Structural Problems

Traditional stone tenements are typically four stories high with stone outer walls and brick inner and party walls. Timber floor joists are often formed in one piece, set into the outer walls but also loading internal walls. The joists help to stabilise the walls and tie the structure together. There is limited tying of the floor joists to party or gable walls. If the gable is weakened because the foundation is undermined, collapse of the tenement can occur.
Tenements may appear massive and solid but many are not particularly robust and they are vulnerable to a number of defects that develop over time, through weathering, use and ground movement.


External walls can bulge outwards, often at first floor level where the loads are high. If the timbers that bed into the outer walls are rotten, then there is nothing to restrain the stonework. Also, stone walls are not monolithic, they are formed from facing stones and internal rubble stones, with smaller stones and lime filling the voids between.  Bonding stones travel through the wall helping to tie it together, if there aren’t sufficient bonding stones the structure of the wall can open up.
A number of defects in stonework will occur because of weathering and the slenderness of certain areas of construction (see bays and oriels)
Internal walls are usually formed of brick, with lime bedding. They can have low compressive strength and because of their height, can become out of plumb. Timbers such as vertical door frames as well as horizontal wall plates are set within brick walls giving them some added rigidity, but these timbers can fail

Beams and Columns

Cast iron columns as well as cast iron beams can be found embedded in tenements, usually to form shop windows. Large timber beams were also used to create open plan areas for shops. these internal beams would carry the load of the floor joists and walls above.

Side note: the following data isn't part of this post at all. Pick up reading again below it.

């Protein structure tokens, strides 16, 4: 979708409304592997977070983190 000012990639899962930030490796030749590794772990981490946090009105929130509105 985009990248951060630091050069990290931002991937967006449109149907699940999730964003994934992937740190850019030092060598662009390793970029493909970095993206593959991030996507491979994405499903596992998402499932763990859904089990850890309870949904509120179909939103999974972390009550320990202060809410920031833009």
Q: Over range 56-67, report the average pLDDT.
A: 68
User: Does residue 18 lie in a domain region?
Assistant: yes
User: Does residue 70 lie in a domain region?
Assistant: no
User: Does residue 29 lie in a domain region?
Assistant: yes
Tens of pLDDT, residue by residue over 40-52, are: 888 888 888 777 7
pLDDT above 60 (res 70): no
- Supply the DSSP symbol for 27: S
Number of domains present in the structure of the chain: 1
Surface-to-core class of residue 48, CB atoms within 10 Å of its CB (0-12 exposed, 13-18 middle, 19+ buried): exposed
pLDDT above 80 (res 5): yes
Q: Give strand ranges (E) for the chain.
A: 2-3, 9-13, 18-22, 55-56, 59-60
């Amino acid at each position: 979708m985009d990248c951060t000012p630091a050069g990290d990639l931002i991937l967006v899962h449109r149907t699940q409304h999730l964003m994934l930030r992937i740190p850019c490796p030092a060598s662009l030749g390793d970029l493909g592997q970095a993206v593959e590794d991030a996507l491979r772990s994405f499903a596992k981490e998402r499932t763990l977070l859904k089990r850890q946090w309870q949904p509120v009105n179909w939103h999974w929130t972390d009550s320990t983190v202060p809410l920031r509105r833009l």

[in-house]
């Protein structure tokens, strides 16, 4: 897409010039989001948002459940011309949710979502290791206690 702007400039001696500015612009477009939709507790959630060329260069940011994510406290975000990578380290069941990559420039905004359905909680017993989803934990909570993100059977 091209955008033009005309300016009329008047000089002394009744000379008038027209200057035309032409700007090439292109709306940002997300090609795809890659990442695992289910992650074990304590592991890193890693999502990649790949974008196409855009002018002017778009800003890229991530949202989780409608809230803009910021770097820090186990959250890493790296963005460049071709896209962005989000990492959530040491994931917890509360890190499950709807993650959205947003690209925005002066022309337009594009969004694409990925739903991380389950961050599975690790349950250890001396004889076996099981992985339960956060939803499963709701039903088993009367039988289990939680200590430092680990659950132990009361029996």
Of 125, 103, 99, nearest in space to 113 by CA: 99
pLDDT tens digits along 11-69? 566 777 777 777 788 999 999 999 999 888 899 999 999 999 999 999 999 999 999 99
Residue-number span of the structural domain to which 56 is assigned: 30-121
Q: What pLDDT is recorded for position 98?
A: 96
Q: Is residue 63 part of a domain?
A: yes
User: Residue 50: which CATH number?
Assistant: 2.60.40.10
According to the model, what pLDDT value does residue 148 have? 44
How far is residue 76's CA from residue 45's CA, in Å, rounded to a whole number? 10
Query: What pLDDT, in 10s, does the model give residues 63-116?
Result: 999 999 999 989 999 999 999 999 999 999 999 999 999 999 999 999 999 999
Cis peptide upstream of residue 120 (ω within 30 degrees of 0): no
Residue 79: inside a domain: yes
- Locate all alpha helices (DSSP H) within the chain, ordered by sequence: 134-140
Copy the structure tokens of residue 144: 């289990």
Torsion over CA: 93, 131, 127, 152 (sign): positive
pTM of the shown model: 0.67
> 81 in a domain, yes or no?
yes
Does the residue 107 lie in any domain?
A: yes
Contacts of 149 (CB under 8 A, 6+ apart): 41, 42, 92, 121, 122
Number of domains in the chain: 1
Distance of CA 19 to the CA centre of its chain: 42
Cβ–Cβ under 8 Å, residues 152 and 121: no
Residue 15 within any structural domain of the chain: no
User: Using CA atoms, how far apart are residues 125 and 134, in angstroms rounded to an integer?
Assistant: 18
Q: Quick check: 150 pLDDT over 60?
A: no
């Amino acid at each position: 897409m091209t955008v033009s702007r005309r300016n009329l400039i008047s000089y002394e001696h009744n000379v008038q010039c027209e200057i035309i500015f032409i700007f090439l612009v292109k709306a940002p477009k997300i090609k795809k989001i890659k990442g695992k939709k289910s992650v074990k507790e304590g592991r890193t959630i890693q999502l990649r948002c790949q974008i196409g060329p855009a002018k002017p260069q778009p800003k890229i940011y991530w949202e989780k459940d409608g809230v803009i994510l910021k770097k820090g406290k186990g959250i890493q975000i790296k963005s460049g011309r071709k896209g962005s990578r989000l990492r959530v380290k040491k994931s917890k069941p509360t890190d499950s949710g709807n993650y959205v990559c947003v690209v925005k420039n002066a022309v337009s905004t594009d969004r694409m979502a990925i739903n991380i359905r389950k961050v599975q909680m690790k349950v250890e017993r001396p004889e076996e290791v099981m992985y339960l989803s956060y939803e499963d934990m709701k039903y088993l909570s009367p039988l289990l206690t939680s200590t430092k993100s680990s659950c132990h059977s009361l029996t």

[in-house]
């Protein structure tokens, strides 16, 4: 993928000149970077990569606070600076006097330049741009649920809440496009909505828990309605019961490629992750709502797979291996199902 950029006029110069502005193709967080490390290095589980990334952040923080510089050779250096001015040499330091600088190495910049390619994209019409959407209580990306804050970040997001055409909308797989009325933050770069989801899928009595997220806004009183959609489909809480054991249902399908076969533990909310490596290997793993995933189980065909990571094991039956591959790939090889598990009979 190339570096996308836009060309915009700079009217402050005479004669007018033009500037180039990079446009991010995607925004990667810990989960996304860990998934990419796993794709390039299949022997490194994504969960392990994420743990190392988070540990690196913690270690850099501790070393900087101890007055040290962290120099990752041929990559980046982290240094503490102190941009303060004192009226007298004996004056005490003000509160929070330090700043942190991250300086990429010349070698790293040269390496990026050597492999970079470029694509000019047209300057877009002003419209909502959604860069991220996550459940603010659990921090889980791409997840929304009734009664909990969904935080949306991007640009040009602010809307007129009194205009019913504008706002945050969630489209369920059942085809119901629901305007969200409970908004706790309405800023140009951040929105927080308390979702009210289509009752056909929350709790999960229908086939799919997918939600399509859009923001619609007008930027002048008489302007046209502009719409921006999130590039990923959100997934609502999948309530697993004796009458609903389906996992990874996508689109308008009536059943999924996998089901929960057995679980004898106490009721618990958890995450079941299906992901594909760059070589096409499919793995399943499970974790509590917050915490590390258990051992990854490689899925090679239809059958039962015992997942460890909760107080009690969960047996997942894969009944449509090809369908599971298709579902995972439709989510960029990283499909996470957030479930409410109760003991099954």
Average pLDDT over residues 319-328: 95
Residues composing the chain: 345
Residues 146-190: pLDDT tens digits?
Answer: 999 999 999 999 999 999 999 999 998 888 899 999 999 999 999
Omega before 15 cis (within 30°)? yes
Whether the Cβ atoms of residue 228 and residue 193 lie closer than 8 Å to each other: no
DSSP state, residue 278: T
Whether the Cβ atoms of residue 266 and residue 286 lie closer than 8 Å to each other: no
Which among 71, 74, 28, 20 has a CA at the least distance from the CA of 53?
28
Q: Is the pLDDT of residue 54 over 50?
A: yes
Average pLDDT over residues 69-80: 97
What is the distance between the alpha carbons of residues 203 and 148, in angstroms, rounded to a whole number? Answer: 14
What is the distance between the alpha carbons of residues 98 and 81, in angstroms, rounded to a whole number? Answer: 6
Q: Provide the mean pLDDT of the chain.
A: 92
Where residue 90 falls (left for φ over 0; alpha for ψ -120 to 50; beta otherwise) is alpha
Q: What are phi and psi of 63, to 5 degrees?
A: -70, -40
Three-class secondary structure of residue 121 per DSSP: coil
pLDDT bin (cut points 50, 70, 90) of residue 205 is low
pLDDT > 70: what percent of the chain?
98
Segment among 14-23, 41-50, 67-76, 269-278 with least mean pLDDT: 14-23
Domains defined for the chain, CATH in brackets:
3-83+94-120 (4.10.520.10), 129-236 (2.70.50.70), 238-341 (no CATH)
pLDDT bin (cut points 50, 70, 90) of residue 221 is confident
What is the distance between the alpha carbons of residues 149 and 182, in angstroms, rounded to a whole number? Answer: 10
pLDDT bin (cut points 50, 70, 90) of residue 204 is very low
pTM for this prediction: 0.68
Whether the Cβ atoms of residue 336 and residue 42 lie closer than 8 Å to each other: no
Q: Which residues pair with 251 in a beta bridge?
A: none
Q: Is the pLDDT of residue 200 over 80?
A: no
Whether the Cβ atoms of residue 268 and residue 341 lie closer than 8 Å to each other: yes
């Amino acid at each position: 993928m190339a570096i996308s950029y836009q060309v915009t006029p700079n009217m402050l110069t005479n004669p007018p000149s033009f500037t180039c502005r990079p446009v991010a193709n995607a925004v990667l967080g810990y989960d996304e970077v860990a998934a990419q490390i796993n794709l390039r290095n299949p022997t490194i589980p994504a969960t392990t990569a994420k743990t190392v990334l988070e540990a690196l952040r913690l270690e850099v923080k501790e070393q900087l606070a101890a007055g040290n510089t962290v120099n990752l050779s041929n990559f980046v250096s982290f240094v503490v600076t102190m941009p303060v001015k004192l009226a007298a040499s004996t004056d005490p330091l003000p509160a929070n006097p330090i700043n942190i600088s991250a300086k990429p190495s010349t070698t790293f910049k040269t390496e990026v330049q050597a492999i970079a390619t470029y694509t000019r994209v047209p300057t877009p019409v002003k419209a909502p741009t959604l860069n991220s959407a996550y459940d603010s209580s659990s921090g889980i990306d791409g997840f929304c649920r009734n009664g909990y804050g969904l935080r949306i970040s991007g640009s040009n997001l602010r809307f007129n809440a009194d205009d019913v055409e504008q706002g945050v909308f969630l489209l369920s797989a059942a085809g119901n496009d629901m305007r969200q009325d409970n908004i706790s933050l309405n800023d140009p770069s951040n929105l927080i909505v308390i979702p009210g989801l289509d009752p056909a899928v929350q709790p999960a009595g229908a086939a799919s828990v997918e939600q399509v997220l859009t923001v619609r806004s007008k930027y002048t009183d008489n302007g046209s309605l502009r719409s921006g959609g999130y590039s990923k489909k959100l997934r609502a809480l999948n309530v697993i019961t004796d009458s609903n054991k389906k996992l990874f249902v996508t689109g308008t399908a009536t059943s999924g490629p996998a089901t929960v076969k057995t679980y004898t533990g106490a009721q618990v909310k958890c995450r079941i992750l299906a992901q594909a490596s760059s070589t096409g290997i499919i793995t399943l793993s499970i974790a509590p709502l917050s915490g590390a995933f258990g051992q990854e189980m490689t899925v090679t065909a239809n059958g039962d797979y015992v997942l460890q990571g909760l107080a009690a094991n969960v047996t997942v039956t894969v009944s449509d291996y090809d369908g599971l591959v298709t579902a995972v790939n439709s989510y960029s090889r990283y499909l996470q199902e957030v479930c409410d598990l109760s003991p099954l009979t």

In some cases, the loads cause the timber beams to deflect or to be crushed where the beam seats on the head of the cast iron column. Such structures may need to be stiffened.

Ground Conditions and Foundations

Tenement foundations might originally have been simply a bed of stones or flagstones, but they would usually spread out wide at foundation level. Brick footings are also commonly found, with concrete foundations becoming common around the 1890s.
Ground conditions vary over Scotland. Provided the whole building settles at a similar rate, it should not cause a problem. It’s where a ground weakness is localised that most problems occur. Mining areas can be problematic as ‘stoop and room’ mines deteriorate with time. Previous remedies to this problem entailed encircling the tenement block with steel beams that would be tied into the floor structure. This was meant to tie the whole structure together. Grouting of old mineworkings has become the preferred solution for such mining areas.
Old drains can leak and wash material away at foundation level, allowing movement of the foundations.


Cracks in stone walls will occur for a number of reasons and their structural importance will vary.
Large cracks which carry up a wall structure and pass through stones may suggest differential settlement and an engineer should be informed. Cracks like this can be monitored to assess whether the movement is still active.
Cracks through the centre of lintels need to be repaired. The cracks can occur because of failure in the stone or because there has been an increase of load on the lintel, possibly because there is a rotten timber safe lintel inside.
Other cracks can develop because  of internal forces such as rusting iron or the roots of trees or vegetation.

Basements and Solums

Basements in Victorian tenements were often formed to cope with changes in ground level as well as to provide additional storage space. As the walls can be partly retaining earth, the chances are they will be damp.
Solum areas are small spaces under the ground floor joists, usually finished with a layer of tar or gravel. Small ‘dwarf’ walls help to support the ground floor joists and these should be designed to allow ventilation to flow through the solum area.
In Georgian properties, basement flats were formed, sometimes for the servants, with windows looking into a dunny area formed by a stone retaining wall. There would be a separate stone stair down to the basement level. The retaining walls are sometimes prone to bulging as increased traffic as well as the build up of moisture can affect these walls.